Tuesday 22 Oct 2019 | 02:56 | SYDNEY
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About the project

The International Security Program looks at strategic dynamics and security risks globally, with an emphasis on Australia's region of Indo-Pacific Asia. Its research spans strategic competition and the risks of conflict in Asia, security implications of the rise of China and India, maritime security, nuclear arms control, Australian defence policy and the changing character of conflict. The Program draws on a network of experts in Australia, Asia and globally, and is supported by diverse funding sources including grants from the MacArthur Foundation and the Nuclear Threat Initiative. It convenes international policy dialogues such as the 2017 Australia-ROK Emerging Leaders International Security Forum and has a record of producing leading-edge, influential reports.

Latest publications

An inevitable precedent: Where states stand on the South China Sea ruling

By Nicholas Welsh, an intern in the Lowy Institute's International Security Program.

As the dust begins to settle after the Permanent Court of Arbitration's landmark ruling on Tuesday, many countries find themselves in the unenviable position of deciding whether or not to take sides. From the outset however, it is important to understand that 'choosing sides' in this particular case is not simply about siding with China's maritime territory claims or those of the Philippines (often portrayed as the 'US side').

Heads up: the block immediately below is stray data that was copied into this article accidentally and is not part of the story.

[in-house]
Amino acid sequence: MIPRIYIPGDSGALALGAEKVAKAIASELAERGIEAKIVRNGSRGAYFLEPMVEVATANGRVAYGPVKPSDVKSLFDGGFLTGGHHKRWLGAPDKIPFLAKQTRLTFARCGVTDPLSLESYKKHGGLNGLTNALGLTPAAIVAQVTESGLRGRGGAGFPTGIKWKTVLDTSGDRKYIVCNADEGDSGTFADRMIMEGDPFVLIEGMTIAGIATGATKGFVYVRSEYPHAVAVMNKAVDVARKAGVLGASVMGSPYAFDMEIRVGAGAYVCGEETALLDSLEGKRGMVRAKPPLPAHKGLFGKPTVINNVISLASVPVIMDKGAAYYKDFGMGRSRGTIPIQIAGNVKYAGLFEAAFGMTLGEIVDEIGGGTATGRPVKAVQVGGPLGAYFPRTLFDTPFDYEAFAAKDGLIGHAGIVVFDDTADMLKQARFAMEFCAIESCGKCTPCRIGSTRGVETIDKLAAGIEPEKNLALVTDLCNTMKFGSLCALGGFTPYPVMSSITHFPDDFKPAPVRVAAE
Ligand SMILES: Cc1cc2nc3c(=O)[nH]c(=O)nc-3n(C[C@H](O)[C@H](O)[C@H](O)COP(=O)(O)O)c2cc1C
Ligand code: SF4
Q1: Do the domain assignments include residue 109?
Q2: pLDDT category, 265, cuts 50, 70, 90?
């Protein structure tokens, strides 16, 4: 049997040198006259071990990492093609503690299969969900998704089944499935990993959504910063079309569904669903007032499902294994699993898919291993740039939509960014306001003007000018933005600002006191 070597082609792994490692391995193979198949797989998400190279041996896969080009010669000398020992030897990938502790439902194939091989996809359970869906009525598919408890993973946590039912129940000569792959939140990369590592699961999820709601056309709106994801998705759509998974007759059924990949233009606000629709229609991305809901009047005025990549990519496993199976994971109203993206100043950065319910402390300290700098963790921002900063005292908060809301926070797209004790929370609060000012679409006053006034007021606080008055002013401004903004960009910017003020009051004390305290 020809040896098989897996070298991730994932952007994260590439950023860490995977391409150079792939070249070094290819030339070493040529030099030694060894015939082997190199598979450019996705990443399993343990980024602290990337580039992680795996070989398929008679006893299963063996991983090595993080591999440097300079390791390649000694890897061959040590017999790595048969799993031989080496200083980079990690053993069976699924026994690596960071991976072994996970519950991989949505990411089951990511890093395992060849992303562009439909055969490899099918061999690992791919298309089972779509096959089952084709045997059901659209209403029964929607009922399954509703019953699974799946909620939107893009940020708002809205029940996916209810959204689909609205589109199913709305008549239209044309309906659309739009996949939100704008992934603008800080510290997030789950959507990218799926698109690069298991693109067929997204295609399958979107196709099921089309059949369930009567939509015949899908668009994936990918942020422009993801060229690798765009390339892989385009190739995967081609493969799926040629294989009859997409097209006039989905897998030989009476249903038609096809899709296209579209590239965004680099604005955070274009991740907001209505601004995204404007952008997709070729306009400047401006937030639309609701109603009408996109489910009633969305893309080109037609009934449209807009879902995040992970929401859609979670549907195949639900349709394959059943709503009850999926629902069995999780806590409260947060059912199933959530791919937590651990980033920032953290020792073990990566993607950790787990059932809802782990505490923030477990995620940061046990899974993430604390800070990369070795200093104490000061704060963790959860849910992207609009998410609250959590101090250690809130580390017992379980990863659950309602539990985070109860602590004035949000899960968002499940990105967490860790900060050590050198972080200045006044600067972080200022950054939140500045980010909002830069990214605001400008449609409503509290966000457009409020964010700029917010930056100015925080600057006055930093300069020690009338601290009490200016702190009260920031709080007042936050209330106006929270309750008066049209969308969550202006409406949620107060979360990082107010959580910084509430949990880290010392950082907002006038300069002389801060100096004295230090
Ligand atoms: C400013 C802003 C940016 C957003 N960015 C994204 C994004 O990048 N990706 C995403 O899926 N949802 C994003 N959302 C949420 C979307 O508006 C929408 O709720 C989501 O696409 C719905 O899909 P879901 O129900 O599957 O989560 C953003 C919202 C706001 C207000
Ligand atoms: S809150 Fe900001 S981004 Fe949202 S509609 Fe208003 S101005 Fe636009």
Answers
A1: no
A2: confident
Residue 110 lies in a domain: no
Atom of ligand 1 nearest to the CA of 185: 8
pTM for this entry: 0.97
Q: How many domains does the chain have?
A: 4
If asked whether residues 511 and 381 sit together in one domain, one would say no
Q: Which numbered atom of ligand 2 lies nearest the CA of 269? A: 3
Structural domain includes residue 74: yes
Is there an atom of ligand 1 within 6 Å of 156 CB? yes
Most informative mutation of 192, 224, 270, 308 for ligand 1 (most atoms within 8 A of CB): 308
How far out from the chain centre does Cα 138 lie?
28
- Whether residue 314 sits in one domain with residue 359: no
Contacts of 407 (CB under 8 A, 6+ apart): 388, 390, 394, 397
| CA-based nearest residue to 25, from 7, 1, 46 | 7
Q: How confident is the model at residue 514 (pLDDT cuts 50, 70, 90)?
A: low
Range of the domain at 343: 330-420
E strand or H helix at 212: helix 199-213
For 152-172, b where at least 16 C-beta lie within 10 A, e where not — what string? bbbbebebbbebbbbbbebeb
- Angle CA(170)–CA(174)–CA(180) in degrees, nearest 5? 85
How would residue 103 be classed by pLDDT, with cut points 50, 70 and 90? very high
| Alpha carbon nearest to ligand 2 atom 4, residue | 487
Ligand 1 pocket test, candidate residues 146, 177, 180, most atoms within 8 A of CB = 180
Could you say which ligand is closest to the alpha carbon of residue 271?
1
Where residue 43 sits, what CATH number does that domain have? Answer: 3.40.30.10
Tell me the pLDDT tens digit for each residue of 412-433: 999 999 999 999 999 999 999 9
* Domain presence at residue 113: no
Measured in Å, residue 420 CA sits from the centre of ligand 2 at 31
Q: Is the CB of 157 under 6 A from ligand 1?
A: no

Beyond the strategic and economic impacts of classifying features as rocks instead of islands, this case will set a precedent for many international dispute resolution cases for years to come. One side argues that the ruling of the tribunal is legally binding; the other that the entire procedure is illegitimate and void. With no enforcement mechanism (apart from international pressure) debate is now raging; not between China and the Philippines, but between those in support of multilateral international law structures and those who consider them invalid.

Following the ruling, state-run newspaper China Daily published a front-page map of the globe (reproduced above) highlighting an overwhelming global support for China's position, with more than 70 nations calling for bilateral negotiation in favour of arbitration as a dispute resolution mechanism. Such a high degree of support, by extension, justifies China ignoring the ruling as 'null and void'. The same map indicates that only five nations consider the tribunal's ruling to be legally binding, suggesting a distinct lack of faith in international organisations and international law as a concept. 

While the publication is a clear and fascinating example of state media bias, it does raise an interesting question: where do the world's nations stand now that the ruling has been handed down? Does China's claim of 70 supporters hold up to scrutiny, and are only five countries truly supportive of the tribunal as a means of dispute resolution?